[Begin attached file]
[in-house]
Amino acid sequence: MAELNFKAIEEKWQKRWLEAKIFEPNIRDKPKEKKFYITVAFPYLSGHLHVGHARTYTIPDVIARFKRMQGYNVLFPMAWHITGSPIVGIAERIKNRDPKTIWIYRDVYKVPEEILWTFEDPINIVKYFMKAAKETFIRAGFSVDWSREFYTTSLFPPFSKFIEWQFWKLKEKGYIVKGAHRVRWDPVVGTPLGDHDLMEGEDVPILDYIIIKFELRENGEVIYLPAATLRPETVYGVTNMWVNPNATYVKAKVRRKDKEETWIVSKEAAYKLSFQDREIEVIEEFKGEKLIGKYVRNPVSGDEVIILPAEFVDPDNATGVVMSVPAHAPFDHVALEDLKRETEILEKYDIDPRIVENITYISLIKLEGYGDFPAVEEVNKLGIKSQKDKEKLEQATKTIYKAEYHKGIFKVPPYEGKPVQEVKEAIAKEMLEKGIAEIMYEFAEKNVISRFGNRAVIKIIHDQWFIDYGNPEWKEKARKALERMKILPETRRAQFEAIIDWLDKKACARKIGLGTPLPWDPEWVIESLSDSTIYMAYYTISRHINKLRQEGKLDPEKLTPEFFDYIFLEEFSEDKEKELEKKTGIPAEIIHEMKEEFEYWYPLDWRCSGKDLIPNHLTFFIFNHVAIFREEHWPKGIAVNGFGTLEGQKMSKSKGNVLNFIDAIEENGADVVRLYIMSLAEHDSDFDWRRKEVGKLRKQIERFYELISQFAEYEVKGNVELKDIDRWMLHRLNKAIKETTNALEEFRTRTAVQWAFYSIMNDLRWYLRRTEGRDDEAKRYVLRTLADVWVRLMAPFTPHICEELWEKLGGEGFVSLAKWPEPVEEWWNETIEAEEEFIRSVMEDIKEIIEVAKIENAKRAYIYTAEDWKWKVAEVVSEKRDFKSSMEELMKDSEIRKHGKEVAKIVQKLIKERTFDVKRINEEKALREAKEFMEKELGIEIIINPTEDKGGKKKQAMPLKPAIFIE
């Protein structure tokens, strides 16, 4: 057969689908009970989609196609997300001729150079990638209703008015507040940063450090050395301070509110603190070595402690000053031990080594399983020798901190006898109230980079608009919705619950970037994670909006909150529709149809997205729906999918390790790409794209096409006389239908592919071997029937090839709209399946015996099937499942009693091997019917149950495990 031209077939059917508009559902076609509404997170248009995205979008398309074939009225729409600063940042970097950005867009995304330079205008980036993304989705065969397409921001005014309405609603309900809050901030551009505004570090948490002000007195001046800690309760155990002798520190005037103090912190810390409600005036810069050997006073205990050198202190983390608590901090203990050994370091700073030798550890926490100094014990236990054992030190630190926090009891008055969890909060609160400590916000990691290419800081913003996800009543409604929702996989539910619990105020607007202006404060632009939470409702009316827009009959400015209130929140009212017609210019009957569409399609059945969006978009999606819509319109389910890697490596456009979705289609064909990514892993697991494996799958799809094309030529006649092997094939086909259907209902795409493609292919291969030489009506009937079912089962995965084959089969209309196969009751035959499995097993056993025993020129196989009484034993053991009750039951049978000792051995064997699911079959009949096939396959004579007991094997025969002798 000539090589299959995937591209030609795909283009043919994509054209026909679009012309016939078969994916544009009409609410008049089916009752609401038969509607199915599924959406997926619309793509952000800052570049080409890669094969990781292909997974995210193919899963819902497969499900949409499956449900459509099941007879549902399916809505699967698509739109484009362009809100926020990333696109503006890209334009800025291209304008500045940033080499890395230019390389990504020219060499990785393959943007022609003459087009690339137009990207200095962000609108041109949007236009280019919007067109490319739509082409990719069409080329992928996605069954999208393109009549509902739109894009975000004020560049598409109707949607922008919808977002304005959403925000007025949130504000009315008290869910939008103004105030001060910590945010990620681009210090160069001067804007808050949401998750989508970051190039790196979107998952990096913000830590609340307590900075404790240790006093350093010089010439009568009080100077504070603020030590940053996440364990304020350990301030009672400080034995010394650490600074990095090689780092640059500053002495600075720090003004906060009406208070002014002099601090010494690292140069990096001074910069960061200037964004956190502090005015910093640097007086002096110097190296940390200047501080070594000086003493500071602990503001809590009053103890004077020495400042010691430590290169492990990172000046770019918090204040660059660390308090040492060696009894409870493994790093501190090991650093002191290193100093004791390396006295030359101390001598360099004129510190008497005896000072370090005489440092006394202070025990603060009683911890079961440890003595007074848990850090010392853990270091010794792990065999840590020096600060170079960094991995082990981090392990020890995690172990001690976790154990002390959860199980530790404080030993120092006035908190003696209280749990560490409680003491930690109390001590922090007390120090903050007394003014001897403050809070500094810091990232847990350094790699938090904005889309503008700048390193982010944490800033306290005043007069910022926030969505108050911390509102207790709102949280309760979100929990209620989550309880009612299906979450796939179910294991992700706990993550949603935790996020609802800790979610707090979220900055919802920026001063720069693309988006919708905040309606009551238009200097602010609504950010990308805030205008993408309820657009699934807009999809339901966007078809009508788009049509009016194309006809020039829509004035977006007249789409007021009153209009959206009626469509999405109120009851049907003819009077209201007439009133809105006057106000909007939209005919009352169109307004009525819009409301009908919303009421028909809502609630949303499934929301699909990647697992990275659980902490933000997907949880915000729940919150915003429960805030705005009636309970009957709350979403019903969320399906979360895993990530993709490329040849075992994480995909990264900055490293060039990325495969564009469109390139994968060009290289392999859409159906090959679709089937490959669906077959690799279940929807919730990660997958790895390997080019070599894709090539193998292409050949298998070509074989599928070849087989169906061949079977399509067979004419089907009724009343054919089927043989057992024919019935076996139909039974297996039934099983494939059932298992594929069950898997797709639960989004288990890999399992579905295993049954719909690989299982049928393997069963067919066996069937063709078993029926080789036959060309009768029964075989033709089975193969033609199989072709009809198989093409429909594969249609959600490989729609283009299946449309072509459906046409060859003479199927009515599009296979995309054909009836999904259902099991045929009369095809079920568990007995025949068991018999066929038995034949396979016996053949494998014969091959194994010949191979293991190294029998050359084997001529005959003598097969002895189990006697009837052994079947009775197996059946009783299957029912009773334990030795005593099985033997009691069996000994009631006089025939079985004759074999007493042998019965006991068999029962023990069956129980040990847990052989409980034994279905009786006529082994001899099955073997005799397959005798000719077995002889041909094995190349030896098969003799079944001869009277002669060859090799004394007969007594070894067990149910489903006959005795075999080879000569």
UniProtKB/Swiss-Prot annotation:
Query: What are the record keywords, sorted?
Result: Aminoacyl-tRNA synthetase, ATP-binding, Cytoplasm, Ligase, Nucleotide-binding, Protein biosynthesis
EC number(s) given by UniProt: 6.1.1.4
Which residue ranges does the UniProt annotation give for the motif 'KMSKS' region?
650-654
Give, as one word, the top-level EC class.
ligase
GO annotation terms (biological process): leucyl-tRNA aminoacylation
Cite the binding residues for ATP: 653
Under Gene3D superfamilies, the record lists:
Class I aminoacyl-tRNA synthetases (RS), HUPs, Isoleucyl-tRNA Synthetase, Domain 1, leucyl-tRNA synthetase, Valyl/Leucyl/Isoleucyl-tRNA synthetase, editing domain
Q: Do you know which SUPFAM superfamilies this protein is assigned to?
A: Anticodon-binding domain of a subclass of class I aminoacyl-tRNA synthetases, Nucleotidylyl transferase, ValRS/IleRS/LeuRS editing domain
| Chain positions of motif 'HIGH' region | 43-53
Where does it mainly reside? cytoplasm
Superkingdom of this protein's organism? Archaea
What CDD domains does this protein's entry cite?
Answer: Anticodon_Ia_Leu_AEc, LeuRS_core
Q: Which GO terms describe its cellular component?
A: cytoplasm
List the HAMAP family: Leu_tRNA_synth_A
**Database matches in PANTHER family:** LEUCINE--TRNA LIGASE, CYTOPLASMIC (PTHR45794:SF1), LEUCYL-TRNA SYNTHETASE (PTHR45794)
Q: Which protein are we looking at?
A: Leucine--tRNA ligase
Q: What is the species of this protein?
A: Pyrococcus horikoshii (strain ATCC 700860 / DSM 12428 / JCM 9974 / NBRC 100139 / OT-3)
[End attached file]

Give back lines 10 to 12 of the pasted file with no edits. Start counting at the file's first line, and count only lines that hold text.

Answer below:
Give, as one word, the top-level EC class.
ligase
GO annotation terms (biological process): leucyl-tRNA aminoacylation